Since it was no longer necessary to sail to Tahiti, the Mascarin headed to Cape Town to rendezvous with the 16-gun Marquis de Castries and take on further victuals. In October 1771 and with eighteen months' provisions, du Fresne (who financed the voyage by mortgaging his property and depleting his life savings) decided to search for Gonneville Land – the French term for the unknown southern continent – named after the French explorer, Binot Paulmier de Gonneville, who, during a violent storm at the Cape of Good Hope in 1504, made for the first land he could sight, believing it to be Terra Australis. Gonneville received a hospitable welcome and stayed ashore for six months on what is now believed to be part of the coast of Brazil around Santa Catarina Island.
Du Fresne's discoveries in the south Indian Ocean included Marion Island, Prince Edward Island, and the Crozets (named after his second-in-command Julien-Marie Crozet (1728-1782). On 3 March 1772, he sighted Van Diemen's Land (Tasmania), following Abel Tasman's route, and he and his crew were the first Frenchmen to make contact with Tasmanian Aboriginals after making landfall in Blackman's Bay.
The Tasmanians, who had initially welcomed the French, soon made hostile gestures as three small boats from the two vessels attempted to land ashore. Muskets were fired, spears were thrown, and on 10 March 1772, the Mascarin and the Marquis de Castries sailed from Blackman's Bay, heading for New Zealand. Du Fresne sighted Mt. Taranaki (North Island), naming it Pic Mascarin, unaware that it had already been named Mt. Egmont by Captain James Cook in January 1770. In search of fresh water and timber for ship repairs, du Fresne sailed north and reached the Bay of Islands (northeastern coast of North Island), anchoring his ships off Moturua Island for a five-week stay.
Unlike du Surville, who was sensitive to local iwi customs, du Fresne’s crew violated tapu (sacredness or taboo) by cutting down trees, including kauri, for masts and fishing in waters where fishbones had been scraped but not yet laid to rest. The French also inadvertently became involved in inter-iwi rivalry, and the local iwi, Ngāti Pou, feared the French would establish a permanent settlement.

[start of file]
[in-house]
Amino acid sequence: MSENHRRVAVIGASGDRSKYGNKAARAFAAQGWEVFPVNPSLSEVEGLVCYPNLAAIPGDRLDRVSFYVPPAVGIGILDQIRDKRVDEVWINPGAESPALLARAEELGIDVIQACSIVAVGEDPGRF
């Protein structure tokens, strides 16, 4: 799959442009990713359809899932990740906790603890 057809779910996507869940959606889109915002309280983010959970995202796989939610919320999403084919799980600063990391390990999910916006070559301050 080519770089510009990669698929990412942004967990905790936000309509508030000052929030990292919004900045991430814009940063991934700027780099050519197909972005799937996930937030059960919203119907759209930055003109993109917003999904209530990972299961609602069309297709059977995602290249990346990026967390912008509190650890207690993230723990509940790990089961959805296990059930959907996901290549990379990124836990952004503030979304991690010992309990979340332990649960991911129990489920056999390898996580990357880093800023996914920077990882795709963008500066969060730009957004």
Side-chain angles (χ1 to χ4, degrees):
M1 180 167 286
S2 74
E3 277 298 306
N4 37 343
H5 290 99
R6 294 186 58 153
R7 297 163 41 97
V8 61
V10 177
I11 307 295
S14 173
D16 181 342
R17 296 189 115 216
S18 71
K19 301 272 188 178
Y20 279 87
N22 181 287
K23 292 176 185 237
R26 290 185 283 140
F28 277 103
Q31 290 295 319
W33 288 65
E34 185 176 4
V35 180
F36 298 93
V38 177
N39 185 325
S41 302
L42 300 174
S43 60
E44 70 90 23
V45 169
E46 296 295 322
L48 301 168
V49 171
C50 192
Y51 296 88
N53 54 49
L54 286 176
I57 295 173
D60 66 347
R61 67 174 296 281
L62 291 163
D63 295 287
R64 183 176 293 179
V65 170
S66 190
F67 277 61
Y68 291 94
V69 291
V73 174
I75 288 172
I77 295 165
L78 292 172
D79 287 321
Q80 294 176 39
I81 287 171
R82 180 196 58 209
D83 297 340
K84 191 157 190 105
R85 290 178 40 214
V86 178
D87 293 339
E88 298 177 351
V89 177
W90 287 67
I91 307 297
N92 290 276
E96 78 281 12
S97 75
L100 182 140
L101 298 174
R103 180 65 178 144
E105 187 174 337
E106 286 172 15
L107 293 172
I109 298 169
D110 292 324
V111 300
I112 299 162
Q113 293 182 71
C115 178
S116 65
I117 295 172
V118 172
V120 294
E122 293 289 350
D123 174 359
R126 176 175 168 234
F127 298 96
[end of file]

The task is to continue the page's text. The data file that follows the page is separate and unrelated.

The simmering tension led to du Fresne's death on 12 June 1772. The commander went ashore with some crew members, and when they had not returned by nightfall, officers thought du Fresne had decided to spend the night with the local iwi, but they later learnt that the men had been attacked and killed. This was puzzling since, on 8 June, du Fresne had been welcomed at a special pōwhiri (ceremony) by the rangatira of the Te Hikutu hapū (clan or subtribe). It is possible his attendance at the pōwhiri bestowed favouritism on the Te Hikutu hapū in the eyes of rival iwi, or perhaps there was an ongoing yet unintentional violation of tapu by the crew. Either way, it is not known why du Fresne was attacked, but 25 crew lost their lives.
Du Fresne's expedition was now in the hands of 20-year-old Ambroise Bernard Marie Le Jar du Clesmeur (1751-1805), who commanded the Marquis de Castries, and Julien-Marie Crozet, who initiated fierce reprisals that led to the deaths of around 250 Maori, the burning of a pā (fortification) and destruction of waka (canoes). The French were in no position to depart immediately as ship repairs were not complete, but the two ships set sail for home via Manila on 12 July 1772, after the officers buried a bottle on Moturoa Island, claiming New Zealand for Louis XV of France (r. 1715-1774) and calling it France Australe. Du Fresne's untimely death strengthened the French view that no attempt should be made to settle New Zealand, and it was 20 years before another French expedition visited. Maps of the northeastern coastline and a sketch of a pā were, however, valuable contributions to European knowledge of Aotearoa.
In Search of La Pérouse
In March 1788, French naval officer and explorer, Jean-Francois de Galaup, Comte de la Pérouse (b.1741), left the fledging British penal colony of Botany Bay in Sydney, Australia, and was never heard from again. La Pérouse, who was inspired by Captain Cook's Pacific voyages of discovery, was sent by Louis XVI of France (r. 1774-1792), to gather information about the penal settlement.